If I were to describe the movie in one word; it would be... "brilliant"
Let's address the plot. I have watched a lot of Youtube movie reviews, read a lot of rants and praises on social media about the plot. Arthur tells a convincing tragic story of a mentally ill man who is a victim of the unjust social system that pushed him into insanity and violence.
But let me explain to you why this movie is pure brilliance. At the very last scene of the movie, Arthur was being interviewed by a psychiatrist. The psychiatrist asked "What's funny?" He then answers "You wouldn't get it". You see, Joker is a con artist. In fact, the entire movie is... (wait for it).... a tall tale. Yes, people! The entire movie is an elaborate tall tale created for the pop-culture obsessed audience (that's YOU!). Arthur Fleck narrates a story that is literally lifted from other movies along with elements of modern real-life issues. Added with a couple of humorous scenes and ultimately tailored to be convincingly his own story.
Some of the movies that Joker incorporated in his tall tale are "Taxi Driver" and "King of Comedy" both starred by Robert De Niro. The fact that De Niro is in the Joker movie is already 'a massive clue'. Even Arthur's mom is named "Penny". Get it? "Pennywise" the clown! 😆 They also lifted plot twists from movies like "Inception" that leaves you wondering which scenes are 'real'; "Fight Club" with the imaginary girlfriend reveal and "Star Wars" with the Thomas Wayne is your father scene which I found really cheesy. 😂 There's probably more movie reference that I just didn't catch.
I guess the most controversial part of the movie is how it incorporated real-life experiences of regular people (the audience). People who are frustrated of our modern society that lauds the rich and famous but neglects the people who live in poverty. It depicts the ordeals of people who are being bullied, who are battling anxiety, depression, trauma or mental illness. The scene where Arthur is taking notes at a stand-up bar and mimicking laughter is comparable to the distress of people with autism such as Asperger's syndrome. Part of the reason why Joaquin Pheonix's acting was so convincing is the fact that he himself had gone through a traumatic experience with the loss of his only brother. That makes the movie so tangible and compelling that it may thread too close to reality. Especially because the Joker uses the said experiences to justify his violent behavior and crimes. That is where the debate on ethics begins. The thought that somebody (with mental illness) somewhere (in possession of a weapon) would see this film and think "hmm Arthur is just like me" gives me CHILLLLSSS.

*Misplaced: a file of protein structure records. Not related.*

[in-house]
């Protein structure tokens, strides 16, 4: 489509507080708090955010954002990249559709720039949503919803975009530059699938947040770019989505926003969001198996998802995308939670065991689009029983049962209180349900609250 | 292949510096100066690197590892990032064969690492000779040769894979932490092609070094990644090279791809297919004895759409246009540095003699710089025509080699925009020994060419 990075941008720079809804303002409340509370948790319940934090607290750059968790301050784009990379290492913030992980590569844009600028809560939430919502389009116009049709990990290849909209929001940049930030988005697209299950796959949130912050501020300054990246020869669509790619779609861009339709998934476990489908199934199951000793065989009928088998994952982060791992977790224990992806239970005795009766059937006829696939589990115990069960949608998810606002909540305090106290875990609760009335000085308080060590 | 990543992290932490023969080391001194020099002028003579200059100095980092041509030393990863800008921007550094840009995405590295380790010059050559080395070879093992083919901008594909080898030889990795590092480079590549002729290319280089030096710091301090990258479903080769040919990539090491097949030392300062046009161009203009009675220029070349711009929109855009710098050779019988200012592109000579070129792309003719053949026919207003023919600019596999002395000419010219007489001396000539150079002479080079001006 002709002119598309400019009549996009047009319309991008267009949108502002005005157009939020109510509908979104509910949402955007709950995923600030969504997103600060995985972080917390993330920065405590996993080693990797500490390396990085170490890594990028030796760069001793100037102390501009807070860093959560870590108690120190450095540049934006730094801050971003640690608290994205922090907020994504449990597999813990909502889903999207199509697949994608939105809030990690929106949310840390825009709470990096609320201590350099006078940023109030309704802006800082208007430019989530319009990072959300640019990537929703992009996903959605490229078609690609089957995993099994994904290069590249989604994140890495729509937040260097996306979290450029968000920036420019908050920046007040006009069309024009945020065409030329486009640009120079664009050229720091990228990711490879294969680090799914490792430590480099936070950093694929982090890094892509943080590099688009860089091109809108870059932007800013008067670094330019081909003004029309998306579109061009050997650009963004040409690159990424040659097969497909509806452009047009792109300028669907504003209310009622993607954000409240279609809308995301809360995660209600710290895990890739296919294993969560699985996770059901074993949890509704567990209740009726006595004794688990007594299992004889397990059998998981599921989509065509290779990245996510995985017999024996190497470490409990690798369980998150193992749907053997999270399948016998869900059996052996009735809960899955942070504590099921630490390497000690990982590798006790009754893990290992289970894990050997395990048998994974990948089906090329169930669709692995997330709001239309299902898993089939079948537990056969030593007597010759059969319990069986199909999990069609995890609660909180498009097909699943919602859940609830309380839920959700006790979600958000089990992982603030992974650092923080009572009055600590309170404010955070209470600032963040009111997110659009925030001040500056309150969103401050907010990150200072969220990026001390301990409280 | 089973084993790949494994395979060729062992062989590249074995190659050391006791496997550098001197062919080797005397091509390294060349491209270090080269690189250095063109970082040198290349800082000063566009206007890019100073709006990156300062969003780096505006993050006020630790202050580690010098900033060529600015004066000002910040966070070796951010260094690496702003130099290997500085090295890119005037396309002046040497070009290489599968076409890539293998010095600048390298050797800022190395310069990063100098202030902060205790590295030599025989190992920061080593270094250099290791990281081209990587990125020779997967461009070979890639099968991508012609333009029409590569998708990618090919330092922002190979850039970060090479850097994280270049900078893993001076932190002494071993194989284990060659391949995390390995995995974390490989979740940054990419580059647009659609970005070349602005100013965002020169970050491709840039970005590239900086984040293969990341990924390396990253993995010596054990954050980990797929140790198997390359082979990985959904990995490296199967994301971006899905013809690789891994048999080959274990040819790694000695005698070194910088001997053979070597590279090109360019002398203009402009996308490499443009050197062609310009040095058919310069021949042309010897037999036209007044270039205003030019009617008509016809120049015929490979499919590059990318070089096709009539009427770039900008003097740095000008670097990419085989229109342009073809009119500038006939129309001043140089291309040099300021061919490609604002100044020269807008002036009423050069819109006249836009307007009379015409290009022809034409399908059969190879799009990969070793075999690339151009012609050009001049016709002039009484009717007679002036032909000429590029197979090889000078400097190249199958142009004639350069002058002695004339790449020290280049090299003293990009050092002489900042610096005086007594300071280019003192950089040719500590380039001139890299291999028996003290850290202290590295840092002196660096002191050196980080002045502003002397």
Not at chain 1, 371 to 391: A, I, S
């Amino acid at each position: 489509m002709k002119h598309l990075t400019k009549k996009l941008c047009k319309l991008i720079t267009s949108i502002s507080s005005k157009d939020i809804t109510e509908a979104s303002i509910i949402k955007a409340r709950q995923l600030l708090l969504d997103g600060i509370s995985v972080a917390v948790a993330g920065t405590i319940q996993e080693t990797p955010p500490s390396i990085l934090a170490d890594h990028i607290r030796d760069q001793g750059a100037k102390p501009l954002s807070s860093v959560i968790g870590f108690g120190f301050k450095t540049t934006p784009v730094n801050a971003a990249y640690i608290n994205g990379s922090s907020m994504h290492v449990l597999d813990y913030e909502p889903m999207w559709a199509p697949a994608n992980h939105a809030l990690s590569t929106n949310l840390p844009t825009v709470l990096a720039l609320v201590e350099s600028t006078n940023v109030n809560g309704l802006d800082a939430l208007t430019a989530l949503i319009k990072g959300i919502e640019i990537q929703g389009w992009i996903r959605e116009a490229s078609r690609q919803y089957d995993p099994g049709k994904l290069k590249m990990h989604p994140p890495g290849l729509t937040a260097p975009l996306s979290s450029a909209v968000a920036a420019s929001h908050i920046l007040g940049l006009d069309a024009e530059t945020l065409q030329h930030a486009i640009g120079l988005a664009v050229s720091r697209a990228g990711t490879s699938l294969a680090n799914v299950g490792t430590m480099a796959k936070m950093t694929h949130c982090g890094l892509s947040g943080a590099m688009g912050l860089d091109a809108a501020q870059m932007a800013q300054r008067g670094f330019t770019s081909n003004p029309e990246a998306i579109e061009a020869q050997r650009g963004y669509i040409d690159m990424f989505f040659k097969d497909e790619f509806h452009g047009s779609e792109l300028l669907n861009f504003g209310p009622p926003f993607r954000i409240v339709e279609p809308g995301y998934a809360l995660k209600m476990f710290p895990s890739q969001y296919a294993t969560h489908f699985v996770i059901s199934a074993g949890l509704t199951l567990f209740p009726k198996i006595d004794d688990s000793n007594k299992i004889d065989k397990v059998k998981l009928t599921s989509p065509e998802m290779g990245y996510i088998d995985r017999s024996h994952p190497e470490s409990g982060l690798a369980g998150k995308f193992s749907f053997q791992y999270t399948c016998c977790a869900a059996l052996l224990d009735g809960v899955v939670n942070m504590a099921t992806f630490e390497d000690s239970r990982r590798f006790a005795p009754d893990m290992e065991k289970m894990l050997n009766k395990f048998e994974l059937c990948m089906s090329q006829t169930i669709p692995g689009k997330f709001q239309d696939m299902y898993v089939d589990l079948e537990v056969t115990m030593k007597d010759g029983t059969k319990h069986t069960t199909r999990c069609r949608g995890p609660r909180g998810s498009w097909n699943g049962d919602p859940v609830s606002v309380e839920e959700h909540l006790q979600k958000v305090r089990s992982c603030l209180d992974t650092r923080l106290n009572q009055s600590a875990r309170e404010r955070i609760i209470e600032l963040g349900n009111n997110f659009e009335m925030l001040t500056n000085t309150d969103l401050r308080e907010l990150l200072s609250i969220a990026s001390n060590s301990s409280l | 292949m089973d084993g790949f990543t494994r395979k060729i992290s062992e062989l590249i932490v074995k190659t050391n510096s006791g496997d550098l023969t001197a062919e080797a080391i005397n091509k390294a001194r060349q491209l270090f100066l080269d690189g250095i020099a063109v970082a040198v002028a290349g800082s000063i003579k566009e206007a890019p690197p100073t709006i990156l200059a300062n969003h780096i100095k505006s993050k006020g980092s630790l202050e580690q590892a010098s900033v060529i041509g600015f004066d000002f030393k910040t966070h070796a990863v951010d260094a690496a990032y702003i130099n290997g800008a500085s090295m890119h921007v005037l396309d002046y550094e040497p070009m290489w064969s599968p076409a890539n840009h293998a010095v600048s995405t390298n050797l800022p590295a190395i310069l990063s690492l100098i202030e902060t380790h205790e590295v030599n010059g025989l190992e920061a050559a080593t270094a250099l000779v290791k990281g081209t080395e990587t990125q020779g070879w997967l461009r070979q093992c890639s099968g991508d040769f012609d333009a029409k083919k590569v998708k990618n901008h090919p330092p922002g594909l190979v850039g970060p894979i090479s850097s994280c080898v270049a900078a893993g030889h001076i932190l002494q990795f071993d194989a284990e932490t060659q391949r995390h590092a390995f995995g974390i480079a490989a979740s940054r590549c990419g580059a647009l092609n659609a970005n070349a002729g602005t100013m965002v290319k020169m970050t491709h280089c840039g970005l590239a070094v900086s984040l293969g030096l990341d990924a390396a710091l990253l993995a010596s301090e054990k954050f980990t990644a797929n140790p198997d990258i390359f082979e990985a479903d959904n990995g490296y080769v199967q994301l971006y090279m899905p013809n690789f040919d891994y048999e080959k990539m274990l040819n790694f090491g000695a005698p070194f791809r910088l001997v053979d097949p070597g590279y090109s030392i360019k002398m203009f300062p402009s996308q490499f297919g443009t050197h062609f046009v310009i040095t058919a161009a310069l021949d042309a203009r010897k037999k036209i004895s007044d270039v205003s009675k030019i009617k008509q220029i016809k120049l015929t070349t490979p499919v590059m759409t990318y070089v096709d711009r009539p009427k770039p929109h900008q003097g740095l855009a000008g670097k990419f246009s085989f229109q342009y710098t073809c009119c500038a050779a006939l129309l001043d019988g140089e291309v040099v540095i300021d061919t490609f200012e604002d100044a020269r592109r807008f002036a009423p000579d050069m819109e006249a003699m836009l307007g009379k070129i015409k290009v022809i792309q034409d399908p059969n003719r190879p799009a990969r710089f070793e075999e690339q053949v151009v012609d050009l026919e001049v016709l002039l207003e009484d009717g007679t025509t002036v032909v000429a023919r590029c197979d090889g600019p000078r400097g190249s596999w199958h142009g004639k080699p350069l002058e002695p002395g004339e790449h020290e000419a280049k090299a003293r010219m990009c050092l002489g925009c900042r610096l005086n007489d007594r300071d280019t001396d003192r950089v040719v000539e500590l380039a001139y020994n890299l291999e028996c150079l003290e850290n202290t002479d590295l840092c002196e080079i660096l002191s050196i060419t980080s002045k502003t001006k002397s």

Now-a-days, people are too quick to react positively or negatively to any news without even bothering to check if it's true. A lot of people were quick to rant on social media about how the society neglects mental health problems and that our society today is unjust and cruel. That shows how compelling the movie was. Movie goers took the comic-book film about a fictional character as a real-life reference. The final interview scene itself is a parody of how gullible people have become. To believe in such a fantastic story that is somehow relatable. We've become a society of clowns; idolizing fake people, tuning into fake news, believing fake history articles. Clowns who deceive and are being deceived on social media. And that credulous characteristic is what will lead to our own destruction just like the psychiatrist at the end of the film.
And THAT is the punch line; the brilliance of the movie. The joke was on us and "we still didn't get it".
To wrap things up; I'd say that "JOKER" is a well-executed and more importantly thought-provoking movie that re-invents the viewing experience; the best plot for a DC film I've watched and Joaquin Phoenix's best portrayal by far.